Direct interaction is the most common process by which probiotic bacteria inactivate viruses. This is done either by absorbing the virus or capturing it (Al Kassaa et al. 2014). The probiotic bacterial strains Enterococcus faecium* and Lactobacillus gasseri are known for their ability to inactivate influenza viruses by direct inactivation (Al Kassaa et al. 2015; Wang et al. 2013). Probiotics often adhere to the surface of the intestinal epithelial cells, preventing the virus from occupying receptors of the cell wall and penetrating the cell (Bermudez-Brito et al. 2012; Varyukhina et al. 2012).

There is clear scientific evidence that select probiotic bacterial strains can inactivate viruses before they make direct contact with the epithelial cells of the mucous membranes.

Furthermore, specific probiotic bacterial strains can promote antiviral effects indirectly by stimulating the immune system. Clinical tests with the specially developed multispecies probiotic (OMNi-BiOTiC® BALANCE) showed a significant increase in secretory immunoglobulin A. Secretory immunoglobulin A is the defensive molecule secreted by intestinal cells in order to render viral and bacterial pathogens harmless (Young 1999).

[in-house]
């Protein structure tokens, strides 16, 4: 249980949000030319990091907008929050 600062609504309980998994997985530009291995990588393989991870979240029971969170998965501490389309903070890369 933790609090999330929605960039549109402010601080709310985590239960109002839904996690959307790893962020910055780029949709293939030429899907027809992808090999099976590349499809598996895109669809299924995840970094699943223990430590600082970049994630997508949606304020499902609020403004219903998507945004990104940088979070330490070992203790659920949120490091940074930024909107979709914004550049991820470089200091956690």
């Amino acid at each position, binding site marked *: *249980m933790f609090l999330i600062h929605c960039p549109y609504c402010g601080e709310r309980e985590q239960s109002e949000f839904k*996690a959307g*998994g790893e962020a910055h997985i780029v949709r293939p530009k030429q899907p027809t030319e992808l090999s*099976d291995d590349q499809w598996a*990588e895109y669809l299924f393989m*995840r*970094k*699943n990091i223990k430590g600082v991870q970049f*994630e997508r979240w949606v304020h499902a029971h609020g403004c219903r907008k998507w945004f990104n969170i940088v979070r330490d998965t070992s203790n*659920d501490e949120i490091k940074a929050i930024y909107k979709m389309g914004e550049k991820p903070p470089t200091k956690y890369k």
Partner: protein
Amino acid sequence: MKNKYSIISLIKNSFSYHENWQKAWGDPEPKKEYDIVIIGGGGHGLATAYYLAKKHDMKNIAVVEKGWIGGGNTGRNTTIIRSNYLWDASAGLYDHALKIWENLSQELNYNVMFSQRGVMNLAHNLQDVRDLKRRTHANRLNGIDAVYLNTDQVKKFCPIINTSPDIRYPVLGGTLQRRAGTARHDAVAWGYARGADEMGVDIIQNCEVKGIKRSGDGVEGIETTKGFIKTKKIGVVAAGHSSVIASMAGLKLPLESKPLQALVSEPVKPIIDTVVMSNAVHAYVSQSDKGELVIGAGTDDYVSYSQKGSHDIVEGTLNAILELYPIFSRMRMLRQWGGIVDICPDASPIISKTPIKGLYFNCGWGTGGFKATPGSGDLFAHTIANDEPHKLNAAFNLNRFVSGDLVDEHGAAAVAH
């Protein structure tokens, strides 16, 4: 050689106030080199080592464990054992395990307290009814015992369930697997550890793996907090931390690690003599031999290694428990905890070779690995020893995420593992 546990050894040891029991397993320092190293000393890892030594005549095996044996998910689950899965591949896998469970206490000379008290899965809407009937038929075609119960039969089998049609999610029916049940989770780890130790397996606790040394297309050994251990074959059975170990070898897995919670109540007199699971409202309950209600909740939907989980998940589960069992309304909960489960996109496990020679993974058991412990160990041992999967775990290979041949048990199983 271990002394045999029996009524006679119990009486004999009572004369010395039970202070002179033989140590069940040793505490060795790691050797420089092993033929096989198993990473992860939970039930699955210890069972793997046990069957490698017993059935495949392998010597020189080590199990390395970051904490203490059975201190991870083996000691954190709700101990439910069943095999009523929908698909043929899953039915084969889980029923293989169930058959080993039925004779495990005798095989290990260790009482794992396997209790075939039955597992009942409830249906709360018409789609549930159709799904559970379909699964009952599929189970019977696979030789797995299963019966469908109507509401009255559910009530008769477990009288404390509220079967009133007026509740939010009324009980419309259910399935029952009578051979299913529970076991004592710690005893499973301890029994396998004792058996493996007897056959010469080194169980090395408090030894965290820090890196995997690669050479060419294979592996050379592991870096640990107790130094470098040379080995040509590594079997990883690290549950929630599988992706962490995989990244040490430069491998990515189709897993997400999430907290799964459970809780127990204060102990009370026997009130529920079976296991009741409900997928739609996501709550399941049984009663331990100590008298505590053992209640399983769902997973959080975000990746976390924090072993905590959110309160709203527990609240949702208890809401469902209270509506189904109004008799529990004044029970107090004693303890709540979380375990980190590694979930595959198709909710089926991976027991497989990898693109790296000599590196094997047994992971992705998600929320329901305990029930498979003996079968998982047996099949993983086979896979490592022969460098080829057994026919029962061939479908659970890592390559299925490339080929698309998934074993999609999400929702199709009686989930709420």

In addition, probiotic bacteria themselves can produce antiviral substances. For example, lactic acid bacteria (LAB) can inhibit the proliferation of the HIV virus by secreting hydrogen peroxide (Conti et al. 2009). Lactate, the main product of LAB metabolism lowers the pH in the gastrointestinal tract (GIT) and thus makes the environment unfavorable for viruses to survive (Martin et al. 1985,  2010; Tuyama et al. 2006).

In conclusion, a healthy gut microbiome plays a critical role in strengthening the immune system and in defending against foreign bacteria and viruses. Multiple scientific studies point to different ways by which specific good bacteria in our intestines activate the immune system and inactivate viruses. Considering this information, taking a high-quality, multispecies probiotic such as OMNi-BiOTiC® BALANCE can play a vital role in supporting the body’s immune system.

Literature:

Arena MP, Capozzi  V, Russo P, et al. Immunobiosis  and  probiosis:  antimicrobial  activity  of  lactic  acid  bacteria  with  a  focus  on  their  antiviral and  antifungal  properties. Appl  Microbiol  Biotechnol  2018;102:9949-9958.